In other words, you want to maximize impact – which very much relates to the next principle ‘Designed for Impact’.
We indeed create solutions that positively impact people’s lives. We are biassed for action, and therefore design end-to-end experiences that create the right level of urgency and responsiveness. We are thorough in the planning and execution of every touchpoint, ensuring it has a clear and specific purpose, leading to an impactful outcome.
For instance, if you need to ship something, the question should not be about if you shipped it, but about if the customer received it. It’s one thing to provide data, it’s another to offer actionable impact.
It’s about the real-world impact not some empty comment – which seems to also relate with the 3rd principle ‘Simplify Complexity’…
We operate in complex environments that consist of human, physical, and digital elements. We strive to make experiences that are simple to understand and engage with. To achieve this, we apply a human-centered approach and leverage technology to reduce anxiety, friction and cognitive load, so our users can act in an intuitive, clear-minded and focused manner.
Our goal is to simplify things not to overcomplicate. So for example, in terms of service, we need to consider how many people a customer needs to engage with. I would say: one point of contact in the form of a customer success manager is enough. Simplify! Simplify!
While also ‘Empowering’ the customer: Principle #4…
We create experiences that enable users to feel capable and confident. We empower users to significantly improve their decisions and take actions that help them achieve their professional and personal goals. We achieve this by providing them with tools and information, when and where they need it most – so they become self-reliant and can act independently.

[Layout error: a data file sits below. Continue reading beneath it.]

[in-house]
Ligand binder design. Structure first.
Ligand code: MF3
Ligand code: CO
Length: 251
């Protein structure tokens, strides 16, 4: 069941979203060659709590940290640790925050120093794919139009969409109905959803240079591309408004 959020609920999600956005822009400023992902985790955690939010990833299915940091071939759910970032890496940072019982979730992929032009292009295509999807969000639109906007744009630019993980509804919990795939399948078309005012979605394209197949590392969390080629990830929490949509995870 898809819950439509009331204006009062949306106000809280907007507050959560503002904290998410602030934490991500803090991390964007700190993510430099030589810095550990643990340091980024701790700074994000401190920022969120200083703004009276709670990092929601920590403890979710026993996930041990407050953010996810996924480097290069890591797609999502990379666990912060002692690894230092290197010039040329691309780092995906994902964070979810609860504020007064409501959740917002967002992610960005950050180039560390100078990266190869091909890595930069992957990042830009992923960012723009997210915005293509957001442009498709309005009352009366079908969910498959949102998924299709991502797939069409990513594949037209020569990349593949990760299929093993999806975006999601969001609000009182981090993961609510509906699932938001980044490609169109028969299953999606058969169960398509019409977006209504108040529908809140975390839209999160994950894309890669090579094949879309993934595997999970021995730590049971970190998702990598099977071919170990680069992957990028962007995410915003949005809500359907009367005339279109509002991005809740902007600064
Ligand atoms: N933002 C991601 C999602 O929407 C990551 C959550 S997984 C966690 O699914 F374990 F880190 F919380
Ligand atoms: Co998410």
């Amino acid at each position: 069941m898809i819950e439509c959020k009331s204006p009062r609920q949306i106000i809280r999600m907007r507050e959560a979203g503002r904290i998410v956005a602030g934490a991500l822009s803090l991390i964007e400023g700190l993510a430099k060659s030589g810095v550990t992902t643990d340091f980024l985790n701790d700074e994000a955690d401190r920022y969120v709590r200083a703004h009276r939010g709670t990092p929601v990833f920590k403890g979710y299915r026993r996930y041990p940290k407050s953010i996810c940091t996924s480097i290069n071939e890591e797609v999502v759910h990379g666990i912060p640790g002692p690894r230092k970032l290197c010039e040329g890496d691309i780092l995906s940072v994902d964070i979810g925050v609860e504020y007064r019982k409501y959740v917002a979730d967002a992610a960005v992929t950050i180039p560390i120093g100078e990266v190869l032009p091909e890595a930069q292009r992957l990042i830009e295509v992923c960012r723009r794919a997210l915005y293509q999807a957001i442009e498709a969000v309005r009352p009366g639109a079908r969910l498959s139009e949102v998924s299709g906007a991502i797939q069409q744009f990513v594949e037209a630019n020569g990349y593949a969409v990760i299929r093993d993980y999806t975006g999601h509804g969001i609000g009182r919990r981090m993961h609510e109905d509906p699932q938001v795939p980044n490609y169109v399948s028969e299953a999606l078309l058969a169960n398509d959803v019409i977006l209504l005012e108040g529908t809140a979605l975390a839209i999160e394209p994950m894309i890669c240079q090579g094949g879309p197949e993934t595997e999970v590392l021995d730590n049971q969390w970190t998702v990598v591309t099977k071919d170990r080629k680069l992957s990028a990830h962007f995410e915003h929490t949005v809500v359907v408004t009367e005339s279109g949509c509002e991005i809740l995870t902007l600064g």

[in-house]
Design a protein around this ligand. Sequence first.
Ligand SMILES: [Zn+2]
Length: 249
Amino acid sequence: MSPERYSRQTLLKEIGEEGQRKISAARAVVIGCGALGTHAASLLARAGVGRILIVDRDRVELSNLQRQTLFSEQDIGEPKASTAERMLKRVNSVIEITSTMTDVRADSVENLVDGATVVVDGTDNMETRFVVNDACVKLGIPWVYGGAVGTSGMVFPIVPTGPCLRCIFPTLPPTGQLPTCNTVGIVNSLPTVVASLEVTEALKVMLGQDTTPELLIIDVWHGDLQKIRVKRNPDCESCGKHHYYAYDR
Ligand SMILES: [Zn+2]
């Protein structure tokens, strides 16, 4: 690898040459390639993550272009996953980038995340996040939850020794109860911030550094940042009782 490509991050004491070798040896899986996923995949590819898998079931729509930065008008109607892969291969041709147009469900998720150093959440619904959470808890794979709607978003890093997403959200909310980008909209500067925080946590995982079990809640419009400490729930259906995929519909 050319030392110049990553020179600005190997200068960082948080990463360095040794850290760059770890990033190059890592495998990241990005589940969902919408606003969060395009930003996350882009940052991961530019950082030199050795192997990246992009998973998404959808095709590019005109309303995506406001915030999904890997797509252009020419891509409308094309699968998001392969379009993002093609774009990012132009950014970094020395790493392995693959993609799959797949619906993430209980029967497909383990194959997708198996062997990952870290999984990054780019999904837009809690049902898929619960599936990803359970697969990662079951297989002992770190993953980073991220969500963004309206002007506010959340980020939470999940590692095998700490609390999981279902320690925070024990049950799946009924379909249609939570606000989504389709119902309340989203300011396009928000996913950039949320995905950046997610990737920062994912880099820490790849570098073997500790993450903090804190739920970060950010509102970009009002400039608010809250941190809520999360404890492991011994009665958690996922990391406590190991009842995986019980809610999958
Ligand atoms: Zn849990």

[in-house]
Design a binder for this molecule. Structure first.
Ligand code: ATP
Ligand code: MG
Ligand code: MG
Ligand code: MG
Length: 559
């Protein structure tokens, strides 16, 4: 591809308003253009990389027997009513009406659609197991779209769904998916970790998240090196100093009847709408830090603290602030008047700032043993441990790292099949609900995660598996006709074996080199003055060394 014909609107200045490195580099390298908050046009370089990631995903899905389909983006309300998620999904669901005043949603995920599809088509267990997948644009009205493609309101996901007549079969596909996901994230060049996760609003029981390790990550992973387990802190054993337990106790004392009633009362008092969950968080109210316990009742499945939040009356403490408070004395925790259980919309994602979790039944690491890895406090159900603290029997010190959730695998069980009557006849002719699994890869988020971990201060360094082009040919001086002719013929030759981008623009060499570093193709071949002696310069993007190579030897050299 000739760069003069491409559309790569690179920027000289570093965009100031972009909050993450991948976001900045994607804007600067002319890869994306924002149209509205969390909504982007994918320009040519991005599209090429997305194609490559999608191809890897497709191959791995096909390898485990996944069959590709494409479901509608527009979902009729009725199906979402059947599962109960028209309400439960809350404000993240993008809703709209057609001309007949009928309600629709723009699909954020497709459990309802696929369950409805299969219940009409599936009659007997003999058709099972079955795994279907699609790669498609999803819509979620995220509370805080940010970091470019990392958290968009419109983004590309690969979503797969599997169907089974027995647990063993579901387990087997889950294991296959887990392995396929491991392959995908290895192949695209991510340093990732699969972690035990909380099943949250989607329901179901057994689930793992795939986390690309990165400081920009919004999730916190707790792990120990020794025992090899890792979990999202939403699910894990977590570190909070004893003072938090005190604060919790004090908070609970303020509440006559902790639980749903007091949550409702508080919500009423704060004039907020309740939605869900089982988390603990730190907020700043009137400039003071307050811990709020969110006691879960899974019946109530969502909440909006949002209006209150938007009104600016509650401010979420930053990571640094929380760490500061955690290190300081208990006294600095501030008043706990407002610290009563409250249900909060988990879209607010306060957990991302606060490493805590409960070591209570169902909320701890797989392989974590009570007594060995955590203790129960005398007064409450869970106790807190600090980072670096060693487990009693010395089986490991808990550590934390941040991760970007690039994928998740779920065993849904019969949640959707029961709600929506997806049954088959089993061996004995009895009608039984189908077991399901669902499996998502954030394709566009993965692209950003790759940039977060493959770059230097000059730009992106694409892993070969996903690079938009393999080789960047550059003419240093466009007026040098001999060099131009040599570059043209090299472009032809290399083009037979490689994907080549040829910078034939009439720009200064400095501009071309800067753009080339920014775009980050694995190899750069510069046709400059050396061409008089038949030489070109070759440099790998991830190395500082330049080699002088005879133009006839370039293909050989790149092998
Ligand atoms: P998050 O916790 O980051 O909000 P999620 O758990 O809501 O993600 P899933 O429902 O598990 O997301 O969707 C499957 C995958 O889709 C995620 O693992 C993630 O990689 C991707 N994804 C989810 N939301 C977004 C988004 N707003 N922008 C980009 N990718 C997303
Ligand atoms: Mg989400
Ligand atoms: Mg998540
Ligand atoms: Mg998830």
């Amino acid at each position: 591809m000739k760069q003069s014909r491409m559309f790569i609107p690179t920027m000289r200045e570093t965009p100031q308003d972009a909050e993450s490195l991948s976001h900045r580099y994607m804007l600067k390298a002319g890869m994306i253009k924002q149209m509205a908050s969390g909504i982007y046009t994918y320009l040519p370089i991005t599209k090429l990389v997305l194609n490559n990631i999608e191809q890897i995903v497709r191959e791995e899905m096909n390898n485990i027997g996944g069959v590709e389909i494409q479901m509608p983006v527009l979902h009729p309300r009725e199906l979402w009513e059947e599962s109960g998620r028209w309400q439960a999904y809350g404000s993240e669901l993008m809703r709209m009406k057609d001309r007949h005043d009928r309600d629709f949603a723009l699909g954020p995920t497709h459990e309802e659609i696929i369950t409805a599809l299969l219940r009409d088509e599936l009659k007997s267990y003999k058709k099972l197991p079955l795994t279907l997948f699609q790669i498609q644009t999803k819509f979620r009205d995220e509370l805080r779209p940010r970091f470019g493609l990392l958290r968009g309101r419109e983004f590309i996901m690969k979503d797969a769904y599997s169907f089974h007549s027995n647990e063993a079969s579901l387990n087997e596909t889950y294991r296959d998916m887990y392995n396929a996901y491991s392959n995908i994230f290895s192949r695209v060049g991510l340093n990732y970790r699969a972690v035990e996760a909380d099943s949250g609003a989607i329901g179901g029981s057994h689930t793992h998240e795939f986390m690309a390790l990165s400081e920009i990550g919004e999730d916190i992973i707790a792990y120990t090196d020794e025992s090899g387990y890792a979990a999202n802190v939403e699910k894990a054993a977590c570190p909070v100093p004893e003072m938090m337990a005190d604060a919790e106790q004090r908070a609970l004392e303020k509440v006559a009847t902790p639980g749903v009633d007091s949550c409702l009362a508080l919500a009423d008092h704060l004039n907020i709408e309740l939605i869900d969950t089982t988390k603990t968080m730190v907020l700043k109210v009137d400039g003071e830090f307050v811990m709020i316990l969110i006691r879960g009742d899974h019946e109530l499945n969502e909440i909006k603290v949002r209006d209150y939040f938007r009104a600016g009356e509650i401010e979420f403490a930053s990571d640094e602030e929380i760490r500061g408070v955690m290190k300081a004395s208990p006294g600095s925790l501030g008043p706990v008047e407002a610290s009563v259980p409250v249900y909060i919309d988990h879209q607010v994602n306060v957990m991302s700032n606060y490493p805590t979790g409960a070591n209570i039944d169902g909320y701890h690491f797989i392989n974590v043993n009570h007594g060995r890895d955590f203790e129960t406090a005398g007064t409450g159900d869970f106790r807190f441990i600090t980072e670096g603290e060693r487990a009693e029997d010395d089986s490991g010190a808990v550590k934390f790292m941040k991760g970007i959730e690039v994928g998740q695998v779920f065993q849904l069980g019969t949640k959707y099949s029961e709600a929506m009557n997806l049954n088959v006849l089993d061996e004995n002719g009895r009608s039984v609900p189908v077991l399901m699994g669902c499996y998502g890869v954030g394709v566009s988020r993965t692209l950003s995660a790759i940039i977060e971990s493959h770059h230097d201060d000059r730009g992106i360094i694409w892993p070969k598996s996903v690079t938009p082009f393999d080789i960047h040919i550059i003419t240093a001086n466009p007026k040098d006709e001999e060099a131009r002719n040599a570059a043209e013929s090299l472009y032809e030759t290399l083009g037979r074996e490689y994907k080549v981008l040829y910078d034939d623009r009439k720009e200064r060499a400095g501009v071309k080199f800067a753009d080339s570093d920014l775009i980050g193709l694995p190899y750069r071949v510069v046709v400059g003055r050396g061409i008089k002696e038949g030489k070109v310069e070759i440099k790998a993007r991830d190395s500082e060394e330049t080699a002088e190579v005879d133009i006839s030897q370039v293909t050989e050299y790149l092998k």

Yes, we could hold your hand, but the goal is to have such an intuitive platform that you can understand it all by yourself and you are motivated to do something with it. Now, that’s empowering!
And now for the 5th design principle ‘Trust’ – which you already mentioned as the very reason behind experience principles…
We believe trust is key in transforming how people work. As trusted advisors, we help our customers solve complex problems by providing them with reliable information and actionable insights that are communicated in functional, transparent and consistent interfaces. Our communication is always clear, concise and authentic – instilling confidence in our dialogue.
This means: no BS. We are transparent and communicate things in a cohesive way. And obviously, creating and building trust is hard work: you need to build it slowly and you need to be super consistent, honest and authentic. If I bring an insight, it’s got to be the right insight.
Now you have the 5 principles. What’s the next step?
What we’re doing now is completely internal: implementing it within the company – going department-to-department, team-to-team, and advising how they can bring these principles into their day-to-day life. This is about going into a room and, for example, looking at a potential solution and filtering that through the five principles. We ask questions like: How does it create trust? Is it empowering? Is it simple? What impact does it bring? Will it integrate harmoniously in a new location?
Basically, we are training people to use it as a framework to offer direction when you are trying to figure out a product or process – or when you are trying to rethink established products or processes. We’re already getting very positive feedback from people and are seeing the principles being used in places we did not expect – such as with our AI team and People team.
What’s the big message you would like to get out there?
Experience principles offer a great framework for decision-making on many levels. And the principles we now have grew from our inner core. They reflect a common knowledge that already existed in the company – we only revealed and framed it. These principles are not just aspirational – they are who we are. They are rooted in Augury’s culture and essence. Use them and prosper.’